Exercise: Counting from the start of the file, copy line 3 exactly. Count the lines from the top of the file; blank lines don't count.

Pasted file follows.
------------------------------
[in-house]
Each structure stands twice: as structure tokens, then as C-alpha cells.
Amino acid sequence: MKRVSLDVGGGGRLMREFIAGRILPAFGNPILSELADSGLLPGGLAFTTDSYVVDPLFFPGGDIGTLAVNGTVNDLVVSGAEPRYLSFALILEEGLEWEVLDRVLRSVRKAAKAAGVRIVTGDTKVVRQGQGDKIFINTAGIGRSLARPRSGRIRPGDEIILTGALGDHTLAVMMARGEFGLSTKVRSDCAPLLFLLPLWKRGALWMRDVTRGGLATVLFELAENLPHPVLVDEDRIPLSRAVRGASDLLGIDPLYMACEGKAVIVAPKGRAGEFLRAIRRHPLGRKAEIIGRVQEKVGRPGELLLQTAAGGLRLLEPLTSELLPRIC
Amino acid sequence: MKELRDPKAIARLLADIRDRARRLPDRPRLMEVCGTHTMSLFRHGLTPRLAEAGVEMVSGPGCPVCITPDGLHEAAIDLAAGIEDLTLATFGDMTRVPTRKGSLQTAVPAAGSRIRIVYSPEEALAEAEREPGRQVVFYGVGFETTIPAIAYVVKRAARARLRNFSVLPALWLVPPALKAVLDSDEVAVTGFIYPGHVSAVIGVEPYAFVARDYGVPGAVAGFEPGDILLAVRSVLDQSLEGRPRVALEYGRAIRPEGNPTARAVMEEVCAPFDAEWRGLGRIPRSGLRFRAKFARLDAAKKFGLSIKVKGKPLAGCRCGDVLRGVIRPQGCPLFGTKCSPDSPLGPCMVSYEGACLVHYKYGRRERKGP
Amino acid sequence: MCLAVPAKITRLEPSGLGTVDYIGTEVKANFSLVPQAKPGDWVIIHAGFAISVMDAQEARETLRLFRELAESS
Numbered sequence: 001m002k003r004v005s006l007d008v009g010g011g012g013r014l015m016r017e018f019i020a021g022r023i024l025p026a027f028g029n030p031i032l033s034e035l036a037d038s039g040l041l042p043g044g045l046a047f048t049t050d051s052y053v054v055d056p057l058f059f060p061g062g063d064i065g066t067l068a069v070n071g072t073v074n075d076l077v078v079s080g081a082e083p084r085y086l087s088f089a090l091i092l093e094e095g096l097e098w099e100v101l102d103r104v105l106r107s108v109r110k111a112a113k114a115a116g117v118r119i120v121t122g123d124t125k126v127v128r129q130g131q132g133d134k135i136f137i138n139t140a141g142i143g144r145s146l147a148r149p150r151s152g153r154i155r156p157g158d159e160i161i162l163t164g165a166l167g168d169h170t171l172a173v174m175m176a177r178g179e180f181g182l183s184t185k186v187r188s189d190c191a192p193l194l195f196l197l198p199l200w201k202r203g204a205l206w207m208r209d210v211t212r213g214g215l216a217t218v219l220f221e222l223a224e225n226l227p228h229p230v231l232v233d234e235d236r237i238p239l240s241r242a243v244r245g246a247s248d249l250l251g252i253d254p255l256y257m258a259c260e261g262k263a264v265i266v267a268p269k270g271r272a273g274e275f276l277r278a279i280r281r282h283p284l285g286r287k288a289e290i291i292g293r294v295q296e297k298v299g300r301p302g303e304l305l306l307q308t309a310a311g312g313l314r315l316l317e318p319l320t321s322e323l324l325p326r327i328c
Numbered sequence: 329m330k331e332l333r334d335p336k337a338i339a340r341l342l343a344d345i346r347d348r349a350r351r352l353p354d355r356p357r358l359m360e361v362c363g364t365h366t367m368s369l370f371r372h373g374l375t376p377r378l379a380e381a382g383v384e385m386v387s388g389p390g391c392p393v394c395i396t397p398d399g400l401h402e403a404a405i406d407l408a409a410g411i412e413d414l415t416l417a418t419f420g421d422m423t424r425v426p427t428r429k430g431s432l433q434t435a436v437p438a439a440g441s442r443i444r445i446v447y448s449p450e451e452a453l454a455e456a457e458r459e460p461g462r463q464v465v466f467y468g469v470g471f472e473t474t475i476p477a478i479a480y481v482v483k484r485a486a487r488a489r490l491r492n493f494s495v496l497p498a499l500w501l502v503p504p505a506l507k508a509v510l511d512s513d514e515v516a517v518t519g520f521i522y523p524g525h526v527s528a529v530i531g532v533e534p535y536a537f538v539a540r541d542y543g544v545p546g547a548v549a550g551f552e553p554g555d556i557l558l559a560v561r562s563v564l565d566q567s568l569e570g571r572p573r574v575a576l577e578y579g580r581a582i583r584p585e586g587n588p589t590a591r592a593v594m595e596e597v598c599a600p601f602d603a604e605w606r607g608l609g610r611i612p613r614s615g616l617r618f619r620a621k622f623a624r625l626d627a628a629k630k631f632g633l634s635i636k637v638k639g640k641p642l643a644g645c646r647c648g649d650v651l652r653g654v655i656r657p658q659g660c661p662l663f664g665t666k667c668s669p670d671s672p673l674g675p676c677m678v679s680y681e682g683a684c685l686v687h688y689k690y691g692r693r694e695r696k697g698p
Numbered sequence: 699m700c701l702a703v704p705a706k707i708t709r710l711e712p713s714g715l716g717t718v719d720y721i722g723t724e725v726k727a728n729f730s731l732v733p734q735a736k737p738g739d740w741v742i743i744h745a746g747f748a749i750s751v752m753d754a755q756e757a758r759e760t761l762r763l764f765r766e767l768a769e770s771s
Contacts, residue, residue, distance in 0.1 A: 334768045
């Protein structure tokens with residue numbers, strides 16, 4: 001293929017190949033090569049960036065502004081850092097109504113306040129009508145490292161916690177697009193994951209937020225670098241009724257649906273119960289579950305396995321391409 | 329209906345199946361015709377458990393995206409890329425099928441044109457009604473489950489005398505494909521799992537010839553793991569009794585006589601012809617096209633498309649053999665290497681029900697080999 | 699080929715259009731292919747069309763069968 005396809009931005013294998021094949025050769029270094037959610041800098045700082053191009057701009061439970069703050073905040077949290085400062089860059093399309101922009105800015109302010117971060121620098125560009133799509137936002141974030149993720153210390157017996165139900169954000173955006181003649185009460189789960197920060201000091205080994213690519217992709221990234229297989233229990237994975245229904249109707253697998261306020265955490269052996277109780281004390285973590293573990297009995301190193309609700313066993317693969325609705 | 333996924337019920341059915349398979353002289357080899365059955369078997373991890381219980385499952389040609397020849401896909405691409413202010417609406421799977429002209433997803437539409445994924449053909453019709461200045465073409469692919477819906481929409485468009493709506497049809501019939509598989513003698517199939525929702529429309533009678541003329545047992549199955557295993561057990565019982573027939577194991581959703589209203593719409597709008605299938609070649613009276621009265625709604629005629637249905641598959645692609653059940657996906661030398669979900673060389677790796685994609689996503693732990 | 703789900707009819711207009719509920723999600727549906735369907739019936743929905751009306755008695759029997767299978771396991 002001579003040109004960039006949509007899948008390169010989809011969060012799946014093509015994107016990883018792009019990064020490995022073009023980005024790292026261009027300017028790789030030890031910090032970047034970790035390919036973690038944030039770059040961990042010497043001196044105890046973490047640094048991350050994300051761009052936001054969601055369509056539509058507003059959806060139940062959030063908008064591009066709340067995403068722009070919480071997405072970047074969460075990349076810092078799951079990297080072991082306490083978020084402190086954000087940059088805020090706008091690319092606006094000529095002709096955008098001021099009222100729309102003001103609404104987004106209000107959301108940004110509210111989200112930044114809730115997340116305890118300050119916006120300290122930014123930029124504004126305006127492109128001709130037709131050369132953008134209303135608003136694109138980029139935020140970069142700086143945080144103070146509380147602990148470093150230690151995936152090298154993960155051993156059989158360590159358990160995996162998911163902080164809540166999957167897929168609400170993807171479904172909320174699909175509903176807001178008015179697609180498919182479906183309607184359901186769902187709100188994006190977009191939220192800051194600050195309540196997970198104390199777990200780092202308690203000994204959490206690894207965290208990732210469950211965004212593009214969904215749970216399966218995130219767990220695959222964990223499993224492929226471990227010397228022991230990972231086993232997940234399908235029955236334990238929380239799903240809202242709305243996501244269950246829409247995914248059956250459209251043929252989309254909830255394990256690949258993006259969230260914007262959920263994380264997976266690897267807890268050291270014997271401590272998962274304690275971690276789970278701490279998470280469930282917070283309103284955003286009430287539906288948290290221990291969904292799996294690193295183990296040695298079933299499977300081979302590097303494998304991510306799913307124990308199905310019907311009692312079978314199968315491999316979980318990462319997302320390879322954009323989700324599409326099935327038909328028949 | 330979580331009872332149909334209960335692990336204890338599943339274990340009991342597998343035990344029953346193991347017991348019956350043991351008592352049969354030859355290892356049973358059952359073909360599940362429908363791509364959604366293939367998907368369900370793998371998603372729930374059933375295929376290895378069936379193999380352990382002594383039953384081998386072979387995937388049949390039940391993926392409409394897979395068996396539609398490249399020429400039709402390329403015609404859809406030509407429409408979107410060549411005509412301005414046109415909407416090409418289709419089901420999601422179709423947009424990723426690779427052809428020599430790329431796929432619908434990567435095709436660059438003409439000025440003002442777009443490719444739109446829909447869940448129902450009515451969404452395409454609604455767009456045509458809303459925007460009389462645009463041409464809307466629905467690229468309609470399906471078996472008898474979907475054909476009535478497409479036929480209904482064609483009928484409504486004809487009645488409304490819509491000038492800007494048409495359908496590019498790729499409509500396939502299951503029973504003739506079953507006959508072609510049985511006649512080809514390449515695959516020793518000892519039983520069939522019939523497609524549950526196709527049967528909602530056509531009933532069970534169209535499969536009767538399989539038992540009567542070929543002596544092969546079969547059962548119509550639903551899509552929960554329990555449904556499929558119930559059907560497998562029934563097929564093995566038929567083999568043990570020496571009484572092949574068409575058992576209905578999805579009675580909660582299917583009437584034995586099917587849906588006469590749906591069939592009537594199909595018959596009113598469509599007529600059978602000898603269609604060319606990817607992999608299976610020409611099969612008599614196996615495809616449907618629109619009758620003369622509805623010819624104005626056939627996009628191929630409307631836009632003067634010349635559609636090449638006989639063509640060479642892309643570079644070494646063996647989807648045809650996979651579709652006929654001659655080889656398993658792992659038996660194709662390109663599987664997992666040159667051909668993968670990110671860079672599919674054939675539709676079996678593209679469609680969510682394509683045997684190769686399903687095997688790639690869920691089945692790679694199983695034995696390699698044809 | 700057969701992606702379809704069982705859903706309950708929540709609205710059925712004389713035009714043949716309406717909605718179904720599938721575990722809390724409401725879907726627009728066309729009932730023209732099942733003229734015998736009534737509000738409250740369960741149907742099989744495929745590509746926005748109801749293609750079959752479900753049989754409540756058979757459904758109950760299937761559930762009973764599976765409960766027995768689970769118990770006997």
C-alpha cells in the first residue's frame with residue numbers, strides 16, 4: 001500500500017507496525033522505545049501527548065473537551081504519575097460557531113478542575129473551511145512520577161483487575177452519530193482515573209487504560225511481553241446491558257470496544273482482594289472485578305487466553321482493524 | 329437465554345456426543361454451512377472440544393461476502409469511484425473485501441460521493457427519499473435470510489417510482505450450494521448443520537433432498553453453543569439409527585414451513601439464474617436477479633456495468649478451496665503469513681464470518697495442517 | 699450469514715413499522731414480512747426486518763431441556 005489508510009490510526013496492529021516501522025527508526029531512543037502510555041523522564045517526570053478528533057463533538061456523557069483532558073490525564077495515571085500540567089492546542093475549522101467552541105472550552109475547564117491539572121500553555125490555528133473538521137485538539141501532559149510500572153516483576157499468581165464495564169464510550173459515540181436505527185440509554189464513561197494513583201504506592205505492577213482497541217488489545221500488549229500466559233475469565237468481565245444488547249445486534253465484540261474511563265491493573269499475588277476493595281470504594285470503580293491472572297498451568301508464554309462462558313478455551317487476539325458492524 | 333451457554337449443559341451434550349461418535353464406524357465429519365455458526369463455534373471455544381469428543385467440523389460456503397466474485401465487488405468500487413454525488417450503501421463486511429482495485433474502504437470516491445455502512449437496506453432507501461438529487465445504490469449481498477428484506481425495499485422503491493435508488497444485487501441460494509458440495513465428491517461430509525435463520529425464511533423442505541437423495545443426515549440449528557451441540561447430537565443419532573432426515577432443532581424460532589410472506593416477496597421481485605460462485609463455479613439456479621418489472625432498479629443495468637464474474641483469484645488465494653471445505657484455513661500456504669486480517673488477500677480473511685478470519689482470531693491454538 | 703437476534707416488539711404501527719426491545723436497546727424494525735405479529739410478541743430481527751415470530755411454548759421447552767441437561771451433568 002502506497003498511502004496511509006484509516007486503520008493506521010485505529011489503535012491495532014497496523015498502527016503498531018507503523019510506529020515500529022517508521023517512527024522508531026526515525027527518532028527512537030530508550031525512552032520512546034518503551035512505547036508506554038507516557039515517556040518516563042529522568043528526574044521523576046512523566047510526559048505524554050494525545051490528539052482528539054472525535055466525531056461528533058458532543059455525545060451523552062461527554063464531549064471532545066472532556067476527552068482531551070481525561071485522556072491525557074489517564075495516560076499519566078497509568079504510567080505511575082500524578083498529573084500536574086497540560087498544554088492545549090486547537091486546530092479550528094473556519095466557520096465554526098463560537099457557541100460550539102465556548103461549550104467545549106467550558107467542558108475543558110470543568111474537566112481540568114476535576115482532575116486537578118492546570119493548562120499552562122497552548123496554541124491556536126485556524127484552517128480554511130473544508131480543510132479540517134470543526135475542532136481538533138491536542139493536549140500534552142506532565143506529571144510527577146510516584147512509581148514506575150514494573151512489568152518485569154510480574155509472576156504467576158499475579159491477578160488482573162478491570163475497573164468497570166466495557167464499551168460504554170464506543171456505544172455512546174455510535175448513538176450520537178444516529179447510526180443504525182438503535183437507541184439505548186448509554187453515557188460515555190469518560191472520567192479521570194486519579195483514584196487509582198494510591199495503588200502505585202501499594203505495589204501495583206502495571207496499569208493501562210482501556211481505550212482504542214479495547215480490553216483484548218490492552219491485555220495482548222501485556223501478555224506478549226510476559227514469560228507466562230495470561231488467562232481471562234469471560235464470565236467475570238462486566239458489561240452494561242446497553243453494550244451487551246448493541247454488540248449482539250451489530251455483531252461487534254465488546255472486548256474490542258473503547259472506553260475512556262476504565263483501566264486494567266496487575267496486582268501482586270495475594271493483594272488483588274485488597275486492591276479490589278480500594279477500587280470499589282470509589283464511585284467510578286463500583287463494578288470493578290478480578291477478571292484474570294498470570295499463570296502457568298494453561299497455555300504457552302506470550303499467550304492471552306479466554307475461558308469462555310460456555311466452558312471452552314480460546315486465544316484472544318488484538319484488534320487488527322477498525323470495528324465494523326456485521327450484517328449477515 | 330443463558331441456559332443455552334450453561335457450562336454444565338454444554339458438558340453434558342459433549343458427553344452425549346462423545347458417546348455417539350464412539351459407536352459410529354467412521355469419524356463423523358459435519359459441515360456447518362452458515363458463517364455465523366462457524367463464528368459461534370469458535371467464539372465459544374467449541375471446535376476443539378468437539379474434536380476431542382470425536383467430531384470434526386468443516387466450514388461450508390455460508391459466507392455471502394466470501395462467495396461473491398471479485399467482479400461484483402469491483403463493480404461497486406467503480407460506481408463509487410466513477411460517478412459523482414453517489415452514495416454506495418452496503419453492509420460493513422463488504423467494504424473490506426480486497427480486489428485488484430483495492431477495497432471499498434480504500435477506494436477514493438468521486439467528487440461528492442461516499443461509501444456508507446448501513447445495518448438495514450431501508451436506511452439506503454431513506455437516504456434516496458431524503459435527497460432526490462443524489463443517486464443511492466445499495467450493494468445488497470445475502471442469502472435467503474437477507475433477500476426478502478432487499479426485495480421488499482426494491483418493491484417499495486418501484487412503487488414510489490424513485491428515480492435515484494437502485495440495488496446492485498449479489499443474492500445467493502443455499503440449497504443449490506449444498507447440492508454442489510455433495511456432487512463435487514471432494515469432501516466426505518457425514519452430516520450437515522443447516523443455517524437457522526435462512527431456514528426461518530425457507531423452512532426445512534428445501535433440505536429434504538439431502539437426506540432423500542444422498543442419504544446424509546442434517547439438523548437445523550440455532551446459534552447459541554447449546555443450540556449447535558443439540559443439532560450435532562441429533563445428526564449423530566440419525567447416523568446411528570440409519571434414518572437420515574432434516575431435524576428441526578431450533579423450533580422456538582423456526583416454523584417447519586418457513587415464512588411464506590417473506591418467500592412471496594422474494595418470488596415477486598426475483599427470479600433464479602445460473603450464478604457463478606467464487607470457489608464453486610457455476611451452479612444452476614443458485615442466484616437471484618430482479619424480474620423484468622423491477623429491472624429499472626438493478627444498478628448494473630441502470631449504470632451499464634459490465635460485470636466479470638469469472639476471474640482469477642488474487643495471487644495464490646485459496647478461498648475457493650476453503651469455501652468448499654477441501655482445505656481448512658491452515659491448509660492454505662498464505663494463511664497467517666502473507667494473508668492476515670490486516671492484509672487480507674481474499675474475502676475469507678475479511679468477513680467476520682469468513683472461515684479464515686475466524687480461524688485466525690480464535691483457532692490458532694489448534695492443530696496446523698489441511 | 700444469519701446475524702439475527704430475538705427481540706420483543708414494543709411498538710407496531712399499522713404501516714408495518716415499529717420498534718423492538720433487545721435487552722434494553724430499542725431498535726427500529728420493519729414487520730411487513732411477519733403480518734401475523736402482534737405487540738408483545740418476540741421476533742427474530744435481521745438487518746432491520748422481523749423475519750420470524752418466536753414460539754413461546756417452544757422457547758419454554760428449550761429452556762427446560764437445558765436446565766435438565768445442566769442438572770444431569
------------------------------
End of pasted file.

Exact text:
Amino acid sequence: MKRVSLDVGGGGRLMREFIAGRILPAFGNPILSELADSGLLPGGLAFTTDSYVVDPLFFPGGDIGTLAVNGTVNDLVVSGAEPRYLSFALILEEGLEWEVLDRVLRSVRKAAKAAGVRIVTGDTKVVRQGQGDKIFINTAGIGRSLARPRSGRIRPGDEIILTGALGDHTLAVMMARGEFGLSTKVRSDCAPLLFLLPLWKRGALWMRDVTRGGLATVLFELAENLPHPVLVDEDRIPLSRAVRGASDLLGIDPLYMACEGKAVIVAPKGRAGEFLRAIRRHPLGRKAEIIGRVQEKVGRPGELLLQTAAGGLRLLEPLTSELLPRIC